By Gary A. Porter, CPA

Executive Summary

“SAS No. 84, Communications Between Predecessor and Successor Auditors, supersedes SAS No. 7, and among other things, (a) revises the definitions of predecessor and successor auditors, (b) adds additional inquiries that the successor must make of the predecessor before an engagement can be accepted, (c) clarifies the successor auditor’s responsibility with respect to obtaining evidence, (d) expands the predecessor’s working papers normally made available to the successor, and (e) provides an example client consent and acknowledgment letter and an example successor auditor acknowledgment letter.  SAS No. 84 is effective with respect to acceptance of an engagement after, March 31, 1998, with earlier application encouraged.”

SAS No. 84, Communications Between Predecessor and Successor Auditors, supersedes SAS No. 7, and establishes new standards for the auditor in documenting communications between the successor and predecessor auditors.  It also provides guidance when possible misstatements are discovered in financial statements reported on by a predecessor auditor.  This Statement applies whenever an auditor is considering accepting an engagement to audit financial statements in accordance with Generally Accepted Auditing Standards (GAAS), and after such auditor has been appointed to perform such an engagement.  (Editor’s note: this Statement is necessary as a result of the changing relationship between client and auditor, and recognizes the reality that auditors now rarely select the client; the clients now select the auditor.)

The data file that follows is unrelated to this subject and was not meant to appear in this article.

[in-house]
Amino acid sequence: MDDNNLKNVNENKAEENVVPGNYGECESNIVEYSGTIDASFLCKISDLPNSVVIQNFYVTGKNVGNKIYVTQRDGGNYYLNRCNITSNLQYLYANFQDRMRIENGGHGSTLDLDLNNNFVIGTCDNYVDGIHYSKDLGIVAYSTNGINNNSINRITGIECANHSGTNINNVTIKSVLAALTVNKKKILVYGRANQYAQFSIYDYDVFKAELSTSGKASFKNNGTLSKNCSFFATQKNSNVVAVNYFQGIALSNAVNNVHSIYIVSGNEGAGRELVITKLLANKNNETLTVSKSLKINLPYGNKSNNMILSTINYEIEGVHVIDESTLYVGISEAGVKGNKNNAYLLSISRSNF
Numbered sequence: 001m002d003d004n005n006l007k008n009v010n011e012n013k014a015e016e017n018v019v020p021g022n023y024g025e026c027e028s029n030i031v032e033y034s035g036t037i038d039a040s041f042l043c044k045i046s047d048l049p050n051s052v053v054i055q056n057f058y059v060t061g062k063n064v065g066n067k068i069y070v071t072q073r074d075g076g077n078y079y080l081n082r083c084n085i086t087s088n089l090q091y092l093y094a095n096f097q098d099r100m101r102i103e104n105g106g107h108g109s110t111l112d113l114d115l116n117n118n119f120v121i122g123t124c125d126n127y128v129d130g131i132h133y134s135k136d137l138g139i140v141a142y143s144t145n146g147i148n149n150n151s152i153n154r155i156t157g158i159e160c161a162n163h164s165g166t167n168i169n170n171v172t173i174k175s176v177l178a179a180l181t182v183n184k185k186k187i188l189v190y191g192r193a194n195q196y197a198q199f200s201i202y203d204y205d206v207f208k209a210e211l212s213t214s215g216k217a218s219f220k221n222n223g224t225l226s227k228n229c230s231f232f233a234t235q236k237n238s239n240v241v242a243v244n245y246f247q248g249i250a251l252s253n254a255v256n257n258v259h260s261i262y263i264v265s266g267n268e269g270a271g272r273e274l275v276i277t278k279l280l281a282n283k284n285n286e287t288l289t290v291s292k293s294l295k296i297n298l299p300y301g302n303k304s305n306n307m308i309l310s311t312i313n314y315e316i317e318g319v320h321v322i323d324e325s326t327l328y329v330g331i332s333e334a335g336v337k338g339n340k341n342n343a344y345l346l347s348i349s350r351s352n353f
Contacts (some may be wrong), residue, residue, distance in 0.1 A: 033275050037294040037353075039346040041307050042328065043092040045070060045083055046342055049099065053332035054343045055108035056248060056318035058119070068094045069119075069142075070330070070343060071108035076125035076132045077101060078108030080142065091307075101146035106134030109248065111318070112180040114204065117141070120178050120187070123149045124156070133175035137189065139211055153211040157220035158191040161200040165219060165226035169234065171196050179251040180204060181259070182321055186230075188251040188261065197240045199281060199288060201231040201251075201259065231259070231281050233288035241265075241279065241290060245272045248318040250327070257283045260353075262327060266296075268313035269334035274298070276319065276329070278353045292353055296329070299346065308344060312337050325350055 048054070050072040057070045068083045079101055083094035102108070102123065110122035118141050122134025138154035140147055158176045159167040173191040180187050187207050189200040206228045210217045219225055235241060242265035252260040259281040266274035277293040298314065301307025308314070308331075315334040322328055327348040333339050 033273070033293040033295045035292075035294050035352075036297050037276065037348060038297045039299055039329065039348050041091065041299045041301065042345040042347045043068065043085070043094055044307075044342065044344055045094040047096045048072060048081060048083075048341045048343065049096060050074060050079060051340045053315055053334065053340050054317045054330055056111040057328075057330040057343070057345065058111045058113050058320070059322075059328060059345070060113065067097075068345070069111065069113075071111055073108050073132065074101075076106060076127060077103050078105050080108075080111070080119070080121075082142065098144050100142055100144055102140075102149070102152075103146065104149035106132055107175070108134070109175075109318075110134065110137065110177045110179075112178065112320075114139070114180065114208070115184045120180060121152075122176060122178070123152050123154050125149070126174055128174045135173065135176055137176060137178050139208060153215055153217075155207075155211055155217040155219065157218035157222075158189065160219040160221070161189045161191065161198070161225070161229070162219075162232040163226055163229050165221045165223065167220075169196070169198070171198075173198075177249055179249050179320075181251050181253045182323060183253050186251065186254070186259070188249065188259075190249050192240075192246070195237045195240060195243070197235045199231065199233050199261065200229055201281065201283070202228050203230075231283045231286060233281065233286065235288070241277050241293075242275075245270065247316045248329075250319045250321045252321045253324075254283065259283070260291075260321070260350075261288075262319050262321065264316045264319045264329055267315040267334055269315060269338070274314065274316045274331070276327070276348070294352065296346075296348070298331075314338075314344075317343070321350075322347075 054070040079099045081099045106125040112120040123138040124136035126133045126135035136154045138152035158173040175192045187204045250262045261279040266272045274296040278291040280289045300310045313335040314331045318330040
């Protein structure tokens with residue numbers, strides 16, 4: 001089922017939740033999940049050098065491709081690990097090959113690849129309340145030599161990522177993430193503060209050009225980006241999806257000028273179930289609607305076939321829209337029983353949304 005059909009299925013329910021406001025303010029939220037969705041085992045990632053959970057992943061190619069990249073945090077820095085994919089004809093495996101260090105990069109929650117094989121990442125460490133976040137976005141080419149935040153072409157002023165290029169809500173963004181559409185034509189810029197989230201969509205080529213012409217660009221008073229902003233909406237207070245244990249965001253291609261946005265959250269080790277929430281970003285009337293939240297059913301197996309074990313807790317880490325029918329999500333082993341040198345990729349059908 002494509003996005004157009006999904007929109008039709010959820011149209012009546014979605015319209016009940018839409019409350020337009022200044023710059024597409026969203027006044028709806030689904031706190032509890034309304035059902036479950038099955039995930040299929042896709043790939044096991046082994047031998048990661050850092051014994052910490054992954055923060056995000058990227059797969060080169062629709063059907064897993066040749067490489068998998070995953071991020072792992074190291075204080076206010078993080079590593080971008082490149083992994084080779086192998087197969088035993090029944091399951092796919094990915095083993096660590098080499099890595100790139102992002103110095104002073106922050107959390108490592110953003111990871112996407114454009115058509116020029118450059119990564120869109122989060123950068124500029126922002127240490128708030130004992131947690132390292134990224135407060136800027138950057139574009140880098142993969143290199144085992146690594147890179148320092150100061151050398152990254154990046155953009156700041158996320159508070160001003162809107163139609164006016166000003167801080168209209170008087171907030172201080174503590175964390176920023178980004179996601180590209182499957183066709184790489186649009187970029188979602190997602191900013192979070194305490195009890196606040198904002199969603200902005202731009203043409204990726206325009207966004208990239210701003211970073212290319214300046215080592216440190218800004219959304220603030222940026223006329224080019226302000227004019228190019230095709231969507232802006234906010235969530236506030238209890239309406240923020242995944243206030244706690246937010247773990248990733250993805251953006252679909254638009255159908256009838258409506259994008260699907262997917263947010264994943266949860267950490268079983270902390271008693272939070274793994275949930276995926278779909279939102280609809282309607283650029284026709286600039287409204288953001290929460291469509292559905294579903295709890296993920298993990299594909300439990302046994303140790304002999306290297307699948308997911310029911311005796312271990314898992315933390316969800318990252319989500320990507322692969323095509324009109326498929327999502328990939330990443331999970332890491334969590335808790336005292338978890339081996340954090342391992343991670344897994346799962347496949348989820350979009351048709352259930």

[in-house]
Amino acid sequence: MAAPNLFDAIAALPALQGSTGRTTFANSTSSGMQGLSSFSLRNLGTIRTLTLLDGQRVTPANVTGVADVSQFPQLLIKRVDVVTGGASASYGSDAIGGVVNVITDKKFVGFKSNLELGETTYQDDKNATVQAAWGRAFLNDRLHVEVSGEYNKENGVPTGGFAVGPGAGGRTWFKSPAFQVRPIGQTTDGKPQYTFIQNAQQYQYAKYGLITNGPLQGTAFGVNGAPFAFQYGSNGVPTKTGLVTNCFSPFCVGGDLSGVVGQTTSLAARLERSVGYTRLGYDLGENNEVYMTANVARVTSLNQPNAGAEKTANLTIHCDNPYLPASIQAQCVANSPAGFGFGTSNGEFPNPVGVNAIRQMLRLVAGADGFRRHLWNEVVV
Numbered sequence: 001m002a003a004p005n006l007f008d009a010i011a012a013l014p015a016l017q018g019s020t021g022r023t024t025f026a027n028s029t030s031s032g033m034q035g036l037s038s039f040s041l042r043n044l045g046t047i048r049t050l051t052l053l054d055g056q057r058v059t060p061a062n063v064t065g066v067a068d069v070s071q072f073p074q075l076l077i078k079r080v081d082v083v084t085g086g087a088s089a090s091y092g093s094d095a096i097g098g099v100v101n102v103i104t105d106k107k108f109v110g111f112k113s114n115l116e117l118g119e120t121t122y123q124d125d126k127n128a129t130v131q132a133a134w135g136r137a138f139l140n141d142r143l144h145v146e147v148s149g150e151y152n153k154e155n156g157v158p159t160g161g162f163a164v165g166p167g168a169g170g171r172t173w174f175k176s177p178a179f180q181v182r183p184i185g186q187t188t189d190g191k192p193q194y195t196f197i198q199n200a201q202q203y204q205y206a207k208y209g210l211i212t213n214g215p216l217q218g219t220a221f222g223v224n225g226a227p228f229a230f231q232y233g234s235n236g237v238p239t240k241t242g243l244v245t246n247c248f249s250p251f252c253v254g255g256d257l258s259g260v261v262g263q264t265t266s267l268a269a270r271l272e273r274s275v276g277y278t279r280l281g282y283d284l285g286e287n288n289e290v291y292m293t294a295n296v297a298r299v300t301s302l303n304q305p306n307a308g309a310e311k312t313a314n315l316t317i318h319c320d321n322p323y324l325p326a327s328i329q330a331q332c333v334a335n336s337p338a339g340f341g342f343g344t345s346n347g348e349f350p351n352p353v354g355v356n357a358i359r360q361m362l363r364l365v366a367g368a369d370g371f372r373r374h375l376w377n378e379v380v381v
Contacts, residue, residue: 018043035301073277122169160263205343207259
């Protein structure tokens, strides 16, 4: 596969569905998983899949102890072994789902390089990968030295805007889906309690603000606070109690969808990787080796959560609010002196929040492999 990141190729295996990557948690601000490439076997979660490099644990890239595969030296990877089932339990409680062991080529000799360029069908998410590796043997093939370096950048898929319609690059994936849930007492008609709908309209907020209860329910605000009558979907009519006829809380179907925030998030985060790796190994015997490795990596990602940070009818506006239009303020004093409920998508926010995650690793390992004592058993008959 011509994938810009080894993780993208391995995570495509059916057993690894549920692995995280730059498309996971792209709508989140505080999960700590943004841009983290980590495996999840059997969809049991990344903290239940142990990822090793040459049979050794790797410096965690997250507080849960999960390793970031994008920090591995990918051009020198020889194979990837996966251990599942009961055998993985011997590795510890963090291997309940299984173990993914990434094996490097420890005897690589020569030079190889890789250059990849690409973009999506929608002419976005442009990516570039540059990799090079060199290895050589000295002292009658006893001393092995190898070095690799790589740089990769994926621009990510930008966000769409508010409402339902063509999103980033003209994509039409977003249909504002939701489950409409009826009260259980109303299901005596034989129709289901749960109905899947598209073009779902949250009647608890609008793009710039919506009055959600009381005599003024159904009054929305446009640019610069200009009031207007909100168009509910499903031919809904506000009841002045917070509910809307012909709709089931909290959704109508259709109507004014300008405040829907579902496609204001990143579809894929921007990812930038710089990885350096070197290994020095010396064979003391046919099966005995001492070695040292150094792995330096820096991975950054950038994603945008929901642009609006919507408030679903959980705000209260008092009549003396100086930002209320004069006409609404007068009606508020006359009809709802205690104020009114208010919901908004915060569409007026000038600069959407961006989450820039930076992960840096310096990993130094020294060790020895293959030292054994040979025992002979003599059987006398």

For purposes of SAS No. 84, the term predecessor auditor refers to an auditor who has either reported on the most recent audited financial statements, was engaged to perform, but did not complete an audit of any subsequent financial statements, or has resigned, declined to be reappointed, or has been terminated.  The term  successor auditor refers to an auditor who is considering accepting an engagement but has not communicated with the predecessor auditor and to an auditor who has accepted such an engagement.

An auditor should not accept an engagement until the communications required by SAS No. 84 have been evaluated. An auditor may make a proposal for an audit engagement, but should reserve final acceptance until after the required communications have been evaluated.  SAS No. 84 also provides new guidance to the predecessor auditor by clarifying that during a proposal process with multiple proposers, the predecessor auditor should not be expected to respond to inquiries until the successor auditor has been selected.  All communications between predecessor and successor auditors should be held in strict confidence.

The initiative for communicating rests with the successor auditor, and may be either written or oral.  The successor auditor should request permission from the prospective (at this point) client to make an inquiry of the predecessor auditor, and request that the predecessor auditor be authorized to communicate.  Without express consent from the client, the predecessor auditor does not have authorization to discuss confidential information.  The inquiries that should be made of the predecessor auditor include:

Information that might bear on the integrity of management;

Disagreement with management as to accounting principles, auditing procedures, or other significant matters;

Communications to audit committees or other with equivalent authority and responsibility regarding fraud, illegal acts by clients, or internal control related matters;

The predecessor’s understanding as to the reasons for the change in auditors.

The predecessor auditor is required to respond promptly and fully, on the basis of known facts, to the successor auditor’s reasonable inquiries.  If the predecessor auditor decides, due to unusual circumstances such as pending litigation, not to respond fully to the inquiries, the reason the response is limited should be clearly stated.